This week, the world applauded a wonder double-strain polio vaccine that emerged as a potent weapon in the battle to wipe out the crippling virus forever.
The vaccine drastically cut down infection wherever it as used, including in India, which recorded the lowest number of polio cases ever: 39 till October 22, compared to 498 up to this time last year. The lowest polio cases were 66 in 2005.
The new vaccine was introduced in India in January this year, the month when the country emerged as the top of the world’s polio charts for 2009. India had 741 cases last year, up from 559 in 2008. This means almost half — 46 per cent — of the global total of 1,604 infections were in India. Nigeria had 798 cases in 2008, highest in the world, but it succeeded in halving them to 388 in 2009.
As much as the new vaccine, what worked for India was the people behind the scenes, who biked, swam, hiked to give drops to children in flooded villages, inside running trains, at bus stands, market areas, brick kilns, construction sites.
In Bihar, for example, where its over dozen tributaries make the Kosi basin one of the largest in the world, annual flooding forces families to live marooned for months. Children in these hamlets have to be reached 10 times a year using bicycles and boats — and, at times by swimming with the waterproof vaccine box strapped to the body.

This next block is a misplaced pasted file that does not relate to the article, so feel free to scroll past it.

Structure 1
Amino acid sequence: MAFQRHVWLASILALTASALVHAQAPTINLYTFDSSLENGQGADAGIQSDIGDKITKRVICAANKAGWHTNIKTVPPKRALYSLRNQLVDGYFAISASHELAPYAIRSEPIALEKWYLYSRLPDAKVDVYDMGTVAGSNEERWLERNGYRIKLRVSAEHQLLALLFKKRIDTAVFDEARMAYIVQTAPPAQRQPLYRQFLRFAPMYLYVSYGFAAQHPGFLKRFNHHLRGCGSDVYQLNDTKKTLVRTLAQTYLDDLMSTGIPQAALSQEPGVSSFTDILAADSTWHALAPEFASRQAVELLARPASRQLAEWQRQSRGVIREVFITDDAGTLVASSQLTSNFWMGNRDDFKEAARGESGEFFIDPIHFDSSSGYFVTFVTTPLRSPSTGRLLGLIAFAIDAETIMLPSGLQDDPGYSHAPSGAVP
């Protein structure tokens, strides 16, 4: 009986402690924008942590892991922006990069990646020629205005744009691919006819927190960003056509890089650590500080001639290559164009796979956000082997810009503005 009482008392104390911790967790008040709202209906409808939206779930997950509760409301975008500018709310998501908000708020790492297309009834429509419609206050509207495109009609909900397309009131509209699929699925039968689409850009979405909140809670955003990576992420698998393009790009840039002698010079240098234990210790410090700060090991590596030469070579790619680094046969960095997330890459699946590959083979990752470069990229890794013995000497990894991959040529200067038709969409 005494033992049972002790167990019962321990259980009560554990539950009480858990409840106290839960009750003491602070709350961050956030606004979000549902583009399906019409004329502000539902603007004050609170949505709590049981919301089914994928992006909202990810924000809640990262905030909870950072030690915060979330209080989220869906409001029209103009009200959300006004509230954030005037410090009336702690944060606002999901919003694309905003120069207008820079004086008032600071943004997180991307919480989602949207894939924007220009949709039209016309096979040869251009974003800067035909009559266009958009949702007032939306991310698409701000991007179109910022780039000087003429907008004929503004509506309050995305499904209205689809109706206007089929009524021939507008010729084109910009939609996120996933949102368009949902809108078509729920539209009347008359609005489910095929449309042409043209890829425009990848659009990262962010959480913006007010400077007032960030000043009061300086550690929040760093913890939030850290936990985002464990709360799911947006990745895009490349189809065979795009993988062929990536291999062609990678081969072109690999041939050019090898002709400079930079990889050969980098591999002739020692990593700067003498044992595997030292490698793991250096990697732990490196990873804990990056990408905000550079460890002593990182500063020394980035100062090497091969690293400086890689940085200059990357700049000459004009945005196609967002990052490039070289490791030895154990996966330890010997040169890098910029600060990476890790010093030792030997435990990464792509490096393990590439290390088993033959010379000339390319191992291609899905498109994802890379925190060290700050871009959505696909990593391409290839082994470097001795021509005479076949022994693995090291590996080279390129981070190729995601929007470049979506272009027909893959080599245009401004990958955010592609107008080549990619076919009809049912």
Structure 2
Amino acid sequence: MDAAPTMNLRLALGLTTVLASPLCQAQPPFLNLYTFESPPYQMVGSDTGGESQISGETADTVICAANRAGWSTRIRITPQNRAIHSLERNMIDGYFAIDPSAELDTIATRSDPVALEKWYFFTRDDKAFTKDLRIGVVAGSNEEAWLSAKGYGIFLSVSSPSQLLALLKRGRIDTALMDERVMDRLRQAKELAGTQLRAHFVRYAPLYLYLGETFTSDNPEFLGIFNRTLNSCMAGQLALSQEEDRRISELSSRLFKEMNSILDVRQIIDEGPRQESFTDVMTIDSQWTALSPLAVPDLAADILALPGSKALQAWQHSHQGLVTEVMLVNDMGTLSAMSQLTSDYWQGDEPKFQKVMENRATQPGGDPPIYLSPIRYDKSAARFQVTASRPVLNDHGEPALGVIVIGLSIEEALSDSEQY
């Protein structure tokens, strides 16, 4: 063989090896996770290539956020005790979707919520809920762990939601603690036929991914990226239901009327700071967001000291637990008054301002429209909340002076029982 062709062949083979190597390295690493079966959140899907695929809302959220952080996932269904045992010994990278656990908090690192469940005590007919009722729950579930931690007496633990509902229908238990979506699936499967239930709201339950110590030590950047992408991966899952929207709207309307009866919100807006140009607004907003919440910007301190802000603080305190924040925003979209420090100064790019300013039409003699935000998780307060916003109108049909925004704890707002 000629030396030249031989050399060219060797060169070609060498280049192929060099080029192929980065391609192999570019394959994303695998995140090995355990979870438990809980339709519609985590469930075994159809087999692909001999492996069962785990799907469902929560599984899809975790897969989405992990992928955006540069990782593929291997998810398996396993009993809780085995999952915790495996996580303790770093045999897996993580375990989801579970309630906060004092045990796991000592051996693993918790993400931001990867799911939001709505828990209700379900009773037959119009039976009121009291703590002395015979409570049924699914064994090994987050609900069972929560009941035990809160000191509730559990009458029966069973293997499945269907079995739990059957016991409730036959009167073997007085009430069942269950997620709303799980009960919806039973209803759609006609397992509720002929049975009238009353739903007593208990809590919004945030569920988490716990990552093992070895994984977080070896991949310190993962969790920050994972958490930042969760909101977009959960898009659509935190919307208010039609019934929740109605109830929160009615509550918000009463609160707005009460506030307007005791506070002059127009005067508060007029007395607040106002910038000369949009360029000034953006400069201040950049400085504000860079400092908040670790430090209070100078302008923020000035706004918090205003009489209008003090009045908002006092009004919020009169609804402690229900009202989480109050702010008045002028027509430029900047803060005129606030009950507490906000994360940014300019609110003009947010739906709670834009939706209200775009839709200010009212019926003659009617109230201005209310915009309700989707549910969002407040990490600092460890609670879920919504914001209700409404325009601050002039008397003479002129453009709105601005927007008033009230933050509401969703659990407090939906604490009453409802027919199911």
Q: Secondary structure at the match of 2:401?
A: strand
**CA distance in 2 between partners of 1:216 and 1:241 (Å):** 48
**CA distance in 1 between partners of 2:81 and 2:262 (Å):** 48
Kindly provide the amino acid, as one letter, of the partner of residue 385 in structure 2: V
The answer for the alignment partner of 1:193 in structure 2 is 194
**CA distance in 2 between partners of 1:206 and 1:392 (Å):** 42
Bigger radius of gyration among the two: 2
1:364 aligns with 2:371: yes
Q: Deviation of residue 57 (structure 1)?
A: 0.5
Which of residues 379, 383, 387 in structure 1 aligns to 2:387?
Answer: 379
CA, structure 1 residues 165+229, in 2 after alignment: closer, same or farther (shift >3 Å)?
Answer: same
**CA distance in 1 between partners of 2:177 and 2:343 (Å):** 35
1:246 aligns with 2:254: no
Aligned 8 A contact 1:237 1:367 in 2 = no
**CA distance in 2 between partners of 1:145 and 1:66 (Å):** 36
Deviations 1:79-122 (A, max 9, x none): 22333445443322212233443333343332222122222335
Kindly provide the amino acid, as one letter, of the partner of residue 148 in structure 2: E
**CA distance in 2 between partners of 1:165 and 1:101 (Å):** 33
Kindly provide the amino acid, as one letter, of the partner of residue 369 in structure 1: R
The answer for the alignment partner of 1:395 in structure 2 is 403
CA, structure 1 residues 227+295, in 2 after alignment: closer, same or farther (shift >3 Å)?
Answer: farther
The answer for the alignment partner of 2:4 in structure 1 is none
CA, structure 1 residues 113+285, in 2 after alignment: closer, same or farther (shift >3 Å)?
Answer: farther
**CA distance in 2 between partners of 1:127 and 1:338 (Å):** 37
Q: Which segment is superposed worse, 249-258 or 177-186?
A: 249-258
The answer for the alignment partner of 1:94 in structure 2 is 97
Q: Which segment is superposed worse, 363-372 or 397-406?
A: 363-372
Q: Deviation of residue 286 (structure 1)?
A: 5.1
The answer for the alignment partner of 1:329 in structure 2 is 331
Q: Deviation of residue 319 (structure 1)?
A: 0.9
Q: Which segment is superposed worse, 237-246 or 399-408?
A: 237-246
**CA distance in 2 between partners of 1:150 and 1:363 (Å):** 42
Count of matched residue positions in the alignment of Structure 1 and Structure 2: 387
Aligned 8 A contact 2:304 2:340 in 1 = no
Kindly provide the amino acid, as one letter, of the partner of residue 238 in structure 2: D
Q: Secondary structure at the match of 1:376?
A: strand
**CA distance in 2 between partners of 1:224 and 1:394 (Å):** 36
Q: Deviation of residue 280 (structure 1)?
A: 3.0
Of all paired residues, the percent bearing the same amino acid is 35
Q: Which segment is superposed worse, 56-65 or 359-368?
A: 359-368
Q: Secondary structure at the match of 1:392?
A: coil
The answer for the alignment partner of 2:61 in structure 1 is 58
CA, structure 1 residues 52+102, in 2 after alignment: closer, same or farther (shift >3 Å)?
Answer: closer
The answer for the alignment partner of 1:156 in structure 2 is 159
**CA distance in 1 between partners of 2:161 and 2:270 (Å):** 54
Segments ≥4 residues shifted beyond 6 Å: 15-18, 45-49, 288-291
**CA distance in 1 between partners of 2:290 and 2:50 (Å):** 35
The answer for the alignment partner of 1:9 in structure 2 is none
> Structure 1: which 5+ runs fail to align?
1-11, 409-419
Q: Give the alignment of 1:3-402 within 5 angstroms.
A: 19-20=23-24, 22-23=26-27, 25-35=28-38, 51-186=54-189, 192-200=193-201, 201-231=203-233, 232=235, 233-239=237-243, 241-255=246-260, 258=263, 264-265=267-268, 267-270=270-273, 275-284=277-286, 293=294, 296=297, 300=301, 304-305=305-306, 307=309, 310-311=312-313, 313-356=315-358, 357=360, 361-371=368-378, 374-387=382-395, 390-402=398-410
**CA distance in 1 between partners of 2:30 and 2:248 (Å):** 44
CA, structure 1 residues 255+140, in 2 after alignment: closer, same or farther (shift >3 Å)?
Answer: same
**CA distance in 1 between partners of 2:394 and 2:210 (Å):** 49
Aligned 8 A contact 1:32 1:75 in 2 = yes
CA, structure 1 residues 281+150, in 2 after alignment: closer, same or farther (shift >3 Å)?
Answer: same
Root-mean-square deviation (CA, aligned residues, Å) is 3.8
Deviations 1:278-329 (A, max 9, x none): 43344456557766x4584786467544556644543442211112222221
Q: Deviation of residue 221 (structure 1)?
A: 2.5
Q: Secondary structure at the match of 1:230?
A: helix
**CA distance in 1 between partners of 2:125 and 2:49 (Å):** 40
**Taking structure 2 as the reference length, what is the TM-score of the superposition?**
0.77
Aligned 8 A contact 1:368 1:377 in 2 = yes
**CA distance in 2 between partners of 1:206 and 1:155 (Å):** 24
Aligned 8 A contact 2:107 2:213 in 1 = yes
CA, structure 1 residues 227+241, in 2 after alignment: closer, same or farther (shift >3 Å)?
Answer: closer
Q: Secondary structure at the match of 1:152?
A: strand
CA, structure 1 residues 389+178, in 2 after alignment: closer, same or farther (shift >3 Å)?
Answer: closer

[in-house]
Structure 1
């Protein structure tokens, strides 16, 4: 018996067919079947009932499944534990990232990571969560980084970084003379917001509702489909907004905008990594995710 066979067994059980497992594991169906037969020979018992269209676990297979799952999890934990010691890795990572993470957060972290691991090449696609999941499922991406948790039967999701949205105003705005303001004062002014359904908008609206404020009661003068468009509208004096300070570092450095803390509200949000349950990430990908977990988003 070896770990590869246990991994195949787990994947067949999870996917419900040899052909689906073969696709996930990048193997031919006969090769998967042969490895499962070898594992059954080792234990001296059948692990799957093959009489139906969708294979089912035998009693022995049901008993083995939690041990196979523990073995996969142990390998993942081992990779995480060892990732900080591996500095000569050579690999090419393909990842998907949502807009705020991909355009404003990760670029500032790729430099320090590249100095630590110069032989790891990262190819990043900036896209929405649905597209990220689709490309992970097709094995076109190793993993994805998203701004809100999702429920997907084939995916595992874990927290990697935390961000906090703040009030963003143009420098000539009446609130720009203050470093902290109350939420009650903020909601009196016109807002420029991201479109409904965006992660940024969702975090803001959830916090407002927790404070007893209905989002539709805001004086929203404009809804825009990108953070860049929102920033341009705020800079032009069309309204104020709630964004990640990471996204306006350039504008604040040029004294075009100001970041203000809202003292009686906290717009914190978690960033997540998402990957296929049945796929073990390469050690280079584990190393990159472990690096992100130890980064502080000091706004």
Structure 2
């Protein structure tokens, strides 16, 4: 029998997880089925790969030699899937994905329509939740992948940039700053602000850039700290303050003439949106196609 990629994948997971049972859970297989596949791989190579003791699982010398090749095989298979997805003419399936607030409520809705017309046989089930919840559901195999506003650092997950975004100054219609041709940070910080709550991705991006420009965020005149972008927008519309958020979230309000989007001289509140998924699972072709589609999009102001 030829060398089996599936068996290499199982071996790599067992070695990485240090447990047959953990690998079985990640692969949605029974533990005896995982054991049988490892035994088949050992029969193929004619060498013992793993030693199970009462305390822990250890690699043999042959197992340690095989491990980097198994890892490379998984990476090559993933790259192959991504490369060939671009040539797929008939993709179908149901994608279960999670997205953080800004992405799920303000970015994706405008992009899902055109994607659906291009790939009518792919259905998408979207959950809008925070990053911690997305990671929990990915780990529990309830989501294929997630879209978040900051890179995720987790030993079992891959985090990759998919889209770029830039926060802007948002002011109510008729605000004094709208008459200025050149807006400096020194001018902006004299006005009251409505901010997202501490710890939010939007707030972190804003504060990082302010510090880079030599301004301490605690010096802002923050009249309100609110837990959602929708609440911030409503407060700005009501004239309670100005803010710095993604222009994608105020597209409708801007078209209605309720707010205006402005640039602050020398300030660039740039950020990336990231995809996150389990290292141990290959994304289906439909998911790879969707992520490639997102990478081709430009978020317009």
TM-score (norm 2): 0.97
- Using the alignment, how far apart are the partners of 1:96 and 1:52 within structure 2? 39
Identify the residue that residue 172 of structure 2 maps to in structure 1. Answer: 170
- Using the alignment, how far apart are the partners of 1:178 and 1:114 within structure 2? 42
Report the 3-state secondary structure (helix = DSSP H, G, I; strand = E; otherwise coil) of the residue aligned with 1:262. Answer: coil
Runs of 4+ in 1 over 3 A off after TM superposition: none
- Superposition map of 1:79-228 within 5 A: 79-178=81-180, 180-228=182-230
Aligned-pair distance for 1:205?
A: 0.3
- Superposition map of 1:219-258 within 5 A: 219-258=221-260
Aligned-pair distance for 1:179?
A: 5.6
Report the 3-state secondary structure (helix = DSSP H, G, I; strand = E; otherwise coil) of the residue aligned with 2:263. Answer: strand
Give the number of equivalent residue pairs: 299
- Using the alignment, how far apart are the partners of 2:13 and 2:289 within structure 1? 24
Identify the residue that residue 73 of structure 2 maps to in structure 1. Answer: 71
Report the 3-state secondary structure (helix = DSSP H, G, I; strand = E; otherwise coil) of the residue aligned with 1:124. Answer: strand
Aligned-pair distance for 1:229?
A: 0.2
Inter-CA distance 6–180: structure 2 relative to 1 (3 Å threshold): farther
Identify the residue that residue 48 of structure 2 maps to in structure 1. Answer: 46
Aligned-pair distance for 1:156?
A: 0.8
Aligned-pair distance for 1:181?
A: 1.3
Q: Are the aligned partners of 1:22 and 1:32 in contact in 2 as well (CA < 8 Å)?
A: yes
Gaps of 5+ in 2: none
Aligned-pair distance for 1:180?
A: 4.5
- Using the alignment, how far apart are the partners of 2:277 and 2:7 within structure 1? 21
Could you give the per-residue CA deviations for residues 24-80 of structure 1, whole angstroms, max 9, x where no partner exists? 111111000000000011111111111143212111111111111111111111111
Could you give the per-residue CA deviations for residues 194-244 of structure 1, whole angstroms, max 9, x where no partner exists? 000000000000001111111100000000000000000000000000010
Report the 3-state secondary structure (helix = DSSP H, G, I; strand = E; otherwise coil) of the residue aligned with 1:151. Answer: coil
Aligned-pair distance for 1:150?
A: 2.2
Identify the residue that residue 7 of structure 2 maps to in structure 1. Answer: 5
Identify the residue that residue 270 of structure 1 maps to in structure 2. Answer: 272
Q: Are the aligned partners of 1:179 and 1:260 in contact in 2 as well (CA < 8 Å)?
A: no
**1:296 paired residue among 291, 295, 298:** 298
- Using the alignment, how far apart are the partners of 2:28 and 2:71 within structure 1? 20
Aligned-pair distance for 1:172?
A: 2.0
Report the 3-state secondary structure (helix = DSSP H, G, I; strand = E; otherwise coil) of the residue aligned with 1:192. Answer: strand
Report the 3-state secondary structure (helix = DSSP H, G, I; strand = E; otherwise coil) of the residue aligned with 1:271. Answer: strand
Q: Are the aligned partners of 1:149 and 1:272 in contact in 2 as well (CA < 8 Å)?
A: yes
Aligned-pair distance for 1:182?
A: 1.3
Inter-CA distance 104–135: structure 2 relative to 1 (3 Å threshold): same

"A combination of risk factors for polio such as overcrowding, large number of new births, poor sanitation and hygiene allows polio virus to thrive in pockets in Uttar Pradesh (UP) and Bihar, challenging strategies that had worked successfully elsewhere," says Dr Hamid Jafari, project manager, World Health Organisation’s National Polio Surveillance Project, which is tracking India’s polio programme.
About 172 million children get polio drops on each national immunisation day, with 70 million of them getting them 10 times a year in UP, Bihar and high-risk cities such as Delhi and the NCR, and Mumbai, Thane and surrounding areas, which get a large migrant population.
The hard work of the vaccinators is getting global attention. The musahar-inhabited (rat-eater) Guleria village in northern Bihar had a celebrity visitor in April this year. Microsoft-founder Bill Gates, 54, took public transport — in this case a village boat — across the Kosi and the Siswa rivers to meet healthworkers at the primary health centre to congratulate them on a job well done: they had taken polio drops to areas where no modern medicine has reached before.
"The newborn tracking information used for polio has even boosted routine immunisation in UP and Bihar, with coverage in Bihar going up from 32% in 2006 to 55% in 2008," says Dr Jafari.
The new double-strain vaccine was introduced in January 2010 in Bihar and since February 2010, in UP and other polio high-risk areas such as Delhi and Mumbai, Thane and surrounding areas.
The results will only get better, with a study published in The Lancet on Tuesday confirming that the new bivalent vaccine worked better than the triple and single vaccines being used so far to stamp out the virus that has evaded global eradication efforts for more than two decades. Unlike the earlier vaccines, the double-strain vaccine targets oral polio virus types 1 and 3, which persist in Afghanistan, Pakistan, India, and Nigeria.
"Trials in India with bivalent oral vaccine show the vaccine is superior to the traditionally used trivalent oral vaccine and is as good as the type specific monovalent oral polio vaccines against both type 1 and type 3 polio virus concurrently. The new vaccine allows children to be immunised against the two remaining types simultaneously," says Dr Jafari.